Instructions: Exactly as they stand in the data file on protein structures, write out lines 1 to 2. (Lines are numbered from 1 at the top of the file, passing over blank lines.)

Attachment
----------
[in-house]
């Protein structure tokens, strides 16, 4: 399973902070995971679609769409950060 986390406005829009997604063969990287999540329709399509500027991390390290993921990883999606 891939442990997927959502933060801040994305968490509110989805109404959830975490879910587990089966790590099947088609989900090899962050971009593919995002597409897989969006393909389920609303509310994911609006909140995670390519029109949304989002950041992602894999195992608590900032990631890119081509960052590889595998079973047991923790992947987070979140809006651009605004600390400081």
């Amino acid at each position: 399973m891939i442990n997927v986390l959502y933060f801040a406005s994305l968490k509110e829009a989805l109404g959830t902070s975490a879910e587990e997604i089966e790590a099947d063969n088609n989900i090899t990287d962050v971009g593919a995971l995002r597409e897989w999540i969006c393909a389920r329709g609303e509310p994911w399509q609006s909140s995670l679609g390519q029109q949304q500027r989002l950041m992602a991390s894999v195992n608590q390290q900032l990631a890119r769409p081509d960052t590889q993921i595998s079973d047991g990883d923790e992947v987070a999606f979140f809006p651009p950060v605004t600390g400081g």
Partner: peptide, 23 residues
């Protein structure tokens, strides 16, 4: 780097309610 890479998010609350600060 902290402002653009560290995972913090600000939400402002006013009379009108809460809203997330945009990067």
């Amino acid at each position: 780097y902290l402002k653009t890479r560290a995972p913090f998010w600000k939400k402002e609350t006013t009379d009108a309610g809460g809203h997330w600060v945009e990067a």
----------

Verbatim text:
[in-house]
């Protein structure tokens, strides 16, 4: 399973902070995971679609769409950060 986390406005829009997604063969990287999540329709399509500027991390390290993921990883999606 891939442990997927959502933060801040994305968490509110989805109404959830975490879910587990089966790590099947088609989900090899962050971009593919995002597409897989969006393909389920609303509310994911609006909140995670390519029109949304989002950041992602894999195992608590900032990631890119081509960052590889595998079973047991923790992947987070979140809006651009605004600390400081």